Two chickens, or possible roosters, abandoned in a box in a driveway of a home on McLean Road left the family confused and concerned for their welfare. (File photo)

Chickens abandoned in box in driveway

Animal control officials say practice not uncommon

A pair of chickens abandoned in a box in their driveway has a couple who live near Lake Cowichan perplexed.

Vic and Joanne, who live on a large property with a barn on McLean Road, off of the Lake Cowichan Highway, said that at about 7 p.m. on Aug. 23, they discovered the box containing the chickens abandoned about halfway up their approximately 300-foot driveway.

Joanne said their son was working on the property at the time and heard a car driving along the road, but didn’t see its occupants before they left the box in the driveway.

Vic said they were initially afraid to approach the box and called the police, but after more than an hour of waiting for a patrol car, which never did come, they finally approached the box and opened it.

“They didn’t look too healthy, so we got on the Internet to see what they needed to eat and then took some carrots and lettuce from my wife’s garden, cut them up real small and tried to feed it to them,” he said.

“They hardly touched it and we’re not sure what to do. We have a barn here, but all we have is a horse and some cats. We’ve never raised chickens and we don’t know what to do about them.”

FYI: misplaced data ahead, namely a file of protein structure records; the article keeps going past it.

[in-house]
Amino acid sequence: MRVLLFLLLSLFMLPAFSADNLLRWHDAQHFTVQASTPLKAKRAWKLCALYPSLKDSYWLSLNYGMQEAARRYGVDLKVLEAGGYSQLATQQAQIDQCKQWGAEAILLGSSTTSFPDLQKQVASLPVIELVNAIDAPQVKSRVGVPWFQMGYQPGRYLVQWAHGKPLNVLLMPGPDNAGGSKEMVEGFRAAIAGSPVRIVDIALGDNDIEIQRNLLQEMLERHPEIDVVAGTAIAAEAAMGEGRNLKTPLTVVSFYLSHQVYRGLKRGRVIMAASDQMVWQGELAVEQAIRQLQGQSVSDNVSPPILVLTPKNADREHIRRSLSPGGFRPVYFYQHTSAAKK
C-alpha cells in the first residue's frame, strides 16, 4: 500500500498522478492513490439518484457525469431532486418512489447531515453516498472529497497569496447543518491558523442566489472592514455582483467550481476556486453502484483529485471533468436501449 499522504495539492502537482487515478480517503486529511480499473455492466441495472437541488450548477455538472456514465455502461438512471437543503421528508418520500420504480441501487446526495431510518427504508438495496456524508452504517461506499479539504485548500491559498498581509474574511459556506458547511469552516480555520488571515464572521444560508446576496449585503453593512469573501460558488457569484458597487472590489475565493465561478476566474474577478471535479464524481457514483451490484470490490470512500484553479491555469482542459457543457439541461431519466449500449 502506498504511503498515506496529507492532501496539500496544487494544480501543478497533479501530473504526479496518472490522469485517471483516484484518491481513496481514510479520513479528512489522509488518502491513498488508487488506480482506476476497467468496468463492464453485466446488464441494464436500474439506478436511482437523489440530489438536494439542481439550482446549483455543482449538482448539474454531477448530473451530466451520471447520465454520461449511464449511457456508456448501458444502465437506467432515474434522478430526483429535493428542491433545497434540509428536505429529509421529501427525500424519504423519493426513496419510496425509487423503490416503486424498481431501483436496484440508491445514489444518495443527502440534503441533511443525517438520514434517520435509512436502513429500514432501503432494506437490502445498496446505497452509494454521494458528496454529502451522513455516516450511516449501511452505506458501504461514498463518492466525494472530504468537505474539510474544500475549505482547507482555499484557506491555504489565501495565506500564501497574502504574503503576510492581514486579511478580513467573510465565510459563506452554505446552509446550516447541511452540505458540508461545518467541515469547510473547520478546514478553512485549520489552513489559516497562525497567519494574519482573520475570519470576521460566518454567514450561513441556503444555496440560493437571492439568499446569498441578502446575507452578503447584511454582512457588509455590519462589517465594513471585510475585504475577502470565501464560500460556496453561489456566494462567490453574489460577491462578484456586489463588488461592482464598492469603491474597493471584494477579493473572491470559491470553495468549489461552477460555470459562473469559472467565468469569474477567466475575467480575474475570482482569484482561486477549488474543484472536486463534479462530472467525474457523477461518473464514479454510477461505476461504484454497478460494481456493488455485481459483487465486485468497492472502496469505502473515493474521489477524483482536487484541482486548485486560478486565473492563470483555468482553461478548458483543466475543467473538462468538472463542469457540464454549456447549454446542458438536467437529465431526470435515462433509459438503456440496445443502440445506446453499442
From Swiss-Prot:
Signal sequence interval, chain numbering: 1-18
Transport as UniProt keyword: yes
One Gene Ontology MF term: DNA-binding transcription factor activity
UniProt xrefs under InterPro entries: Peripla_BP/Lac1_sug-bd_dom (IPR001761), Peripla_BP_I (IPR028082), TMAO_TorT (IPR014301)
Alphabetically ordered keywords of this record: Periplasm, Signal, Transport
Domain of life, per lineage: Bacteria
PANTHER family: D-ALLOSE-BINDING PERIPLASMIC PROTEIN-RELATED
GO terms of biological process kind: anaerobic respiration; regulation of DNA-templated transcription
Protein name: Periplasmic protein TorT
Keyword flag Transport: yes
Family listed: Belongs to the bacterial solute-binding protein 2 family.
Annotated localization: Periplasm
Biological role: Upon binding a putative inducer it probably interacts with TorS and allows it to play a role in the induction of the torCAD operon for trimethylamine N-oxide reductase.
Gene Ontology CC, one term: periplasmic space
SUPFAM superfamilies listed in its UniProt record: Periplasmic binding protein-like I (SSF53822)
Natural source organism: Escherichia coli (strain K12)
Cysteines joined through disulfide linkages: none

Vic said he has no idea where the chickens came from.

“We’ve only been here about a year, so we really don’t know anyone with chickens,” he said.

Judi Burnet is the office manager at Coastal Animal Control Services which provides animal control bylaw compliance services in many parts of the Cowichan Valley, and the rest of the Island.

She said it’s not uncommon for CACS to receive calls of poultry left at the ends of roads.

“They’re usually roosters,” Burnet said.

“People buy chicks thinking they are hens but as they grow, they find that they have actually bought roosters. In a lot of municipalities, chickens are allowed, but roosters are not because of noise issues. But there are a lot of farms in that area, so roosters are probably allowed out there but who knows who put them there and why.”

Burnet said the couple should call the CACS and they will help with their problem.

“We have contracts to pick up animals in the City of Duncan and the Municipality of North Cowichan, but not in the Cowichan Valley Regional District where this happened,” she said.

“But once abandoned, we can try and help find someone to take them, and we’ve been pretty successful with that in the past.”



robert.barron@cowichanvalleycitizen.com

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